One final word of advice: Watch out for scammers. You might get approached by seemingly legitimate companies offering you better terms and convenience if you send your loan payments directly to them. If you’re looking for help navigating your payments and ensuring you’re making smart decisions regarding your student loans, reach out to our team.

The information reflected on this page are Baird expert opinions today and are subject to change. Past performance is not a guarantee of future results. All investments have some level of risk, and investors have different time horizons, goals and risk tolerances, so speak to your Baird Financial Advisor before taking action.

Editor’s Note: This article was originally published April 2020 and was updated August 2022 with more current information.

The websites listed are not owned or associated with Robert W. Baird & Co. We have provided the links as a convenience and do not endorse any of the sites.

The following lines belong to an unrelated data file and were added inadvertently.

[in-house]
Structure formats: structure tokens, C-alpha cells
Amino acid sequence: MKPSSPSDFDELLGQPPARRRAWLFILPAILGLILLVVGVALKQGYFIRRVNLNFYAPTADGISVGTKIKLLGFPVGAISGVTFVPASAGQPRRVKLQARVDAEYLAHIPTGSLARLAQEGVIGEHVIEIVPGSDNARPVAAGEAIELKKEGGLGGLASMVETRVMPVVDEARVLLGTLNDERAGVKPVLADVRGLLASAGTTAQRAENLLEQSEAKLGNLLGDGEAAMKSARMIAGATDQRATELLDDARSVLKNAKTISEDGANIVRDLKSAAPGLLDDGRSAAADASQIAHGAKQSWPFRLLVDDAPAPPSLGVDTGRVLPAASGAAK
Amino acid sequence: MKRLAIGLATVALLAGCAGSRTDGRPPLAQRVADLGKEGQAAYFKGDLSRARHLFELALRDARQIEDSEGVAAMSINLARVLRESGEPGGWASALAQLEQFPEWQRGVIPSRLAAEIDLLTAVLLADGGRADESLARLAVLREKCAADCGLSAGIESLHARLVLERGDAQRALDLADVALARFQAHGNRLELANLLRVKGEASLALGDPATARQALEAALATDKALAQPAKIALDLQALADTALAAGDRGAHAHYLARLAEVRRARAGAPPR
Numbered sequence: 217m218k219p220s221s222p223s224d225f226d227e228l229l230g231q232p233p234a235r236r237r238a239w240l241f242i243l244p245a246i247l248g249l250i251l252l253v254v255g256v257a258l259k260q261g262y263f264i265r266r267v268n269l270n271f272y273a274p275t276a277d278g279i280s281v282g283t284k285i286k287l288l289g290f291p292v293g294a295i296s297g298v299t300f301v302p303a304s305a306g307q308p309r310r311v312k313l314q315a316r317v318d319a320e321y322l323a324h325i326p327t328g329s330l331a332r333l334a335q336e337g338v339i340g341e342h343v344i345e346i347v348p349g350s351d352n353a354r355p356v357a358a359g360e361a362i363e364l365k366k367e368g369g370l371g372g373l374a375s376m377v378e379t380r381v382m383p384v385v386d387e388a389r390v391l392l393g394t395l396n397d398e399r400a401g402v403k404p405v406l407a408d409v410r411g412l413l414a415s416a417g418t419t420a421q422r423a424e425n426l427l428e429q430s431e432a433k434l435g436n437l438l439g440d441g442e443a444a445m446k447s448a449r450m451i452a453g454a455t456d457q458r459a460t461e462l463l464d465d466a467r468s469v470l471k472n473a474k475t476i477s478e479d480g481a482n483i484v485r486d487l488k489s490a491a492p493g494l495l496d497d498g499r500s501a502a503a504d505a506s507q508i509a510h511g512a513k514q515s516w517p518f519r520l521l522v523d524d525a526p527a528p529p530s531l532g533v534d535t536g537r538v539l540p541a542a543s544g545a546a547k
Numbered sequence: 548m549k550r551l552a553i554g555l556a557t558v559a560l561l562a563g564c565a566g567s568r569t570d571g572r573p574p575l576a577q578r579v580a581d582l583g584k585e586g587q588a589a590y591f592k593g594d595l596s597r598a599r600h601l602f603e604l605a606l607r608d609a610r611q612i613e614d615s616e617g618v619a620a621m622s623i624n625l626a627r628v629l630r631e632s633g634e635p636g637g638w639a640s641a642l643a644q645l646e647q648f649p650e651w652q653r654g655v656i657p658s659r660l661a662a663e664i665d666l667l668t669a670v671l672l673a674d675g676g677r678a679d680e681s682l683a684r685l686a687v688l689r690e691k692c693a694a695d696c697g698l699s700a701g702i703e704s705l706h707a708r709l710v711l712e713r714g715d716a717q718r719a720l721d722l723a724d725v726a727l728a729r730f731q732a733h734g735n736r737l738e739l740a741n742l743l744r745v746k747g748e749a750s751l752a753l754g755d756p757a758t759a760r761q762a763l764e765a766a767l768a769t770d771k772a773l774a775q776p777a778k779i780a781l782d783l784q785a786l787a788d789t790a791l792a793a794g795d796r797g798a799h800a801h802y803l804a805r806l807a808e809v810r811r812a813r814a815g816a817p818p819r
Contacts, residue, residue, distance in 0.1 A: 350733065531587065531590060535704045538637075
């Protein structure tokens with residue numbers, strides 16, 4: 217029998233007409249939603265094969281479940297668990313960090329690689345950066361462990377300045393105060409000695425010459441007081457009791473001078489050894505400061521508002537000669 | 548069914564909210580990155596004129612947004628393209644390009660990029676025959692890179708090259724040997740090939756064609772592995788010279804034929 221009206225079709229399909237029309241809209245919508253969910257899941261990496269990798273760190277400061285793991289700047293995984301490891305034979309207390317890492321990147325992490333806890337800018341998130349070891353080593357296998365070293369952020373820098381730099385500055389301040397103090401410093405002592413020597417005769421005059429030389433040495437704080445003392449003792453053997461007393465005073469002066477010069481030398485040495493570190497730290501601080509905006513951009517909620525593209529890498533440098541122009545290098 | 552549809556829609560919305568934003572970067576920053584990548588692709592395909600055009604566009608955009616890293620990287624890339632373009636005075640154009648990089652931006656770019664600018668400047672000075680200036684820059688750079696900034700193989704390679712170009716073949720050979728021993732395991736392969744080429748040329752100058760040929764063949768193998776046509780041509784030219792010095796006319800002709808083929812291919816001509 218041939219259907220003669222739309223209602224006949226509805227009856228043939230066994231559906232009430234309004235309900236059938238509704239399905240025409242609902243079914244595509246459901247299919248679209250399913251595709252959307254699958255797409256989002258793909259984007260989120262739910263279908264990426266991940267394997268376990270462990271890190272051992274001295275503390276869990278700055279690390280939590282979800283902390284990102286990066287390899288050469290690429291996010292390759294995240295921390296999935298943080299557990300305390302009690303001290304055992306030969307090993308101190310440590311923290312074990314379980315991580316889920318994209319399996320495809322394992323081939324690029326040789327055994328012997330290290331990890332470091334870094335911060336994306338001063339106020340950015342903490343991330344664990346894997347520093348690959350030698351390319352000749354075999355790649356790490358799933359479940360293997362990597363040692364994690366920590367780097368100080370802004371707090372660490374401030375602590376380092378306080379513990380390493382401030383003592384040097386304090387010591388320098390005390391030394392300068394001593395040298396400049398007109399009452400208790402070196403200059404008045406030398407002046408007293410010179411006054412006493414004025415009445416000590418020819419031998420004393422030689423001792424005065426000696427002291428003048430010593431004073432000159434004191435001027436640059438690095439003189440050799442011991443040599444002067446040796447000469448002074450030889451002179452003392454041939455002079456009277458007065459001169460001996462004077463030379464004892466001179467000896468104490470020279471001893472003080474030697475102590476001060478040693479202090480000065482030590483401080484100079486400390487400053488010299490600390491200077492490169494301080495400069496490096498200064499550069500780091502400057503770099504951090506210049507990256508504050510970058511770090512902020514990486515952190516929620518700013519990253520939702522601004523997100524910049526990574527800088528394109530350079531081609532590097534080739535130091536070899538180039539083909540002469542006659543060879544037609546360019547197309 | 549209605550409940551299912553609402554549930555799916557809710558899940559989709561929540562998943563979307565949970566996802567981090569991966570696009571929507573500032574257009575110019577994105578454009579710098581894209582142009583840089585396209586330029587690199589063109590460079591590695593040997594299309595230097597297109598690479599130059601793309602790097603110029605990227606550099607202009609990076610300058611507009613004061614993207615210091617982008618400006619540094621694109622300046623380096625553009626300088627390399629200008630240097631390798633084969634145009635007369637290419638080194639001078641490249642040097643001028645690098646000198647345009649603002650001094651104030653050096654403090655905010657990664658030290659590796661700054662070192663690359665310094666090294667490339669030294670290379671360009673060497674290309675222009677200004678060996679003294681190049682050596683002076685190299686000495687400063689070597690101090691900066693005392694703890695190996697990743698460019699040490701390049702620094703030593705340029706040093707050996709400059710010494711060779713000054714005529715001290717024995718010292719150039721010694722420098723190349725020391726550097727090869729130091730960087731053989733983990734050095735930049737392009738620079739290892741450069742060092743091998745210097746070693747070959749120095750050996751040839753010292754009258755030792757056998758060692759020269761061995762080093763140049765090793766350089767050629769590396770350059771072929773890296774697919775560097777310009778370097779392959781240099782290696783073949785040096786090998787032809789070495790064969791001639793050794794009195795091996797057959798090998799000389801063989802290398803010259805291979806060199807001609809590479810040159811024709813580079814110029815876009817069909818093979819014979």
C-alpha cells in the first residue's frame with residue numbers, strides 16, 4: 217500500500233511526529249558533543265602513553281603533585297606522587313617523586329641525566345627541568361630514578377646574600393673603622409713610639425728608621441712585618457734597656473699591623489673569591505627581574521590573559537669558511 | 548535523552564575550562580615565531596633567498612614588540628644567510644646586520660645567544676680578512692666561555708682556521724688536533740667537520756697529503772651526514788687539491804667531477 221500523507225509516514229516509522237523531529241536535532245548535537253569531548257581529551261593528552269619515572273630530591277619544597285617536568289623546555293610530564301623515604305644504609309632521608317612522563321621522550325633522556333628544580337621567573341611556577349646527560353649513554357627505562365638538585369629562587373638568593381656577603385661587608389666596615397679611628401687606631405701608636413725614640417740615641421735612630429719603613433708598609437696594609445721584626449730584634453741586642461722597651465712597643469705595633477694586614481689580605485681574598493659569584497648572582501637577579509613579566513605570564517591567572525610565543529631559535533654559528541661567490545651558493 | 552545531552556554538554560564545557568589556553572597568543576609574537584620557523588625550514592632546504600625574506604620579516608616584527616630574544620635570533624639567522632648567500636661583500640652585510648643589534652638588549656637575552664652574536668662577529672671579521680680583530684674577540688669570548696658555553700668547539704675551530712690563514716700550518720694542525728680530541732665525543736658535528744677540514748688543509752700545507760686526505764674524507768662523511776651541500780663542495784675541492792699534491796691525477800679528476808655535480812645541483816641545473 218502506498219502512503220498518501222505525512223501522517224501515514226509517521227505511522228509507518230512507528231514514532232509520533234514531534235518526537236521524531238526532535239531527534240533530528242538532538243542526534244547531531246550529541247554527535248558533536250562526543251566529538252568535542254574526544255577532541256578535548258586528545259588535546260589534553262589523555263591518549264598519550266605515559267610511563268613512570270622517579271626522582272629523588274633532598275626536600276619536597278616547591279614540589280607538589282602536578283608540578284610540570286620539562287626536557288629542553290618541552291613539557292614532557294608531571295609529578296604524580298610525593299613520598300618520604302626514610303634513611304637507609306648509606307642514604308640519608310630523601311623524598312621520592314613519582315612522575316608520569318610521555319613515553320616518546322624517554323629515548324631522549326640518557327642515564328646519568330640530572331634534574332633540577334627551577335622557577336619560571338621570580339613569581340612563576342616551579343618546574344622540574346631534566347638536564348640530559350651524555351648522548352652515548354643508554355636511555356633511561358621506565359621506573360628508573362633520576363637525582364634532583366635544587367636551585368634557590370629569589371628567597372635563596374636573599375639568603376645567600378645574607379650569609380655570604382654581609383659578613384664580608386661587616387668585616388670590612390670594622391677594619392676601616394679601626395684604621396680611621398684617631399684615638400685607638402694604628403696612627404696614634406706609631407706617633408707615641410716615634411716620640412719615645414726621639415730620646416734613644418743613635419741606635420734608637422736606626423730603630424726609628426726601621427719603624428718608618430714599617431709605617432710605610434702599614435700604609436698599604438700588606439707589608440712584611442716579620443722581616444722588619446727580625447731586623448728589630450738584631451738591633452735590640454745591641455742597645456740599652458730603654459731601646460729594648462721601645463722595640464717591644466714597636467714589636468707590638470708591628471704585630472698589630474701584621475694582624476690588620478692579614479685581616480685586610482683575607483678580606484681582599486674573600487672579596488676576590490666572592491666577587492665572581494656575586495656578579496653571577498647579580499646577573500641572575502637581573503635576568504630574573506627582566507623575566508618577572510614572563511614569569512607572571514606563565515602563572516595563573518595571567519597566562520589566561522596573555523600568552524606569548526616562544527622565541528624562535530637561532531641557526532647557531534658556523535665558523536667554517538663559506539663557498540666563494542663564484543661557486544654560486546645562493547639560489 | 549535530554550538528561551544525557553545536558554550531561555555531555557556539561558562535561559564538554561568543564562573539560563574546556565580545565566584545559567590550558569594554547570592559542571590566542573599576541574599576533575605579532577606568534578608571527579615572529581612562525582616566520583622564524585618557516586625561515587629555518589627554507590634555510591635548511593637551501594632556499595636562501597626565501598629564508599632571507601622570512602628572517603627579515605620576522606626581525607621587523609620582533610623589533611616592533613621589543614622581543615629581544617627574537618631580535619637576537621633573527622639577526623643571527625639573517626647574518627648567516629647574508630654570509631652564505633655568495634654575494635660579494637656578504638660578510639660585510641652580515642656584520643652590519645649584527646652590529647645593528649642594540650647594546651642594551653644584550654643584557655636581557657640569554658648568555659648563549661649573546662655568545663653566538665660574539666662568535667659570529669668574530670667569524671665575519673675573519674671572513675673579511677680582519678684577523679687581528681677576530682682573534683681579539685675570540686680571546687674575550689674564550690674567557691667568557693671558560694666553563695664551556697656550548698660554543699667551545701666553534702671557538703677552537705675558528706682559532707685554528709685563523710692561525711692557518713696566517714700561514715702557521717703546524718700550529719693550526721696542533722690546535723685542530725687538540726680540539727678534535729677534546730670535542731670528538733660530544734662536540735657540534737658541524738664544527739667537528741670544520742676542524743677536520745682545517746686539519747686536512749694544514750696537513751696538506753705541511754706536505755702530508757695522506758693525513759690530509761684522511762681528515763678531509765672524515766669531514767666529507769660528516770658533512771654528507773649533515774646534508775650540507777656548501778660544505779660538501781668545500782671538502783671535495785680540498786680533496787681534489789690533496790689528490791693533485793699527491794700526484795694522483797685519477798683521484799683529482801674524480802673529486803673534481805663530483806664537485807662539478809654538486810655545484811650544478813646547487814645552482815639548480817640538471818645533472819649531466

*No new FFEL Program loans have been made since July 1, 2010, but you may have an FFEL if you were attending school before that date.

Have A Question About This Topic?

Thank you! Oops!

Related Content

Cyber Self-Defense: Protecting Yourself Online

Cyber Self-Defense: Protecting Yourself Online

We’re all spending more time online nowadays - but so are cyber criminals. Learn to protect yourself from some common scams.

What to Do When You Lose Your Wallet

What to Do When You Lose Your Wallet

Ever lost your wallet? Frustrating. Here’s what you can do to keep yourself safe.

Navigating Retirement Pitfalls

Navigating Retirement Pitfalls

Why are they made again and again? Making sense of these errors in judgement.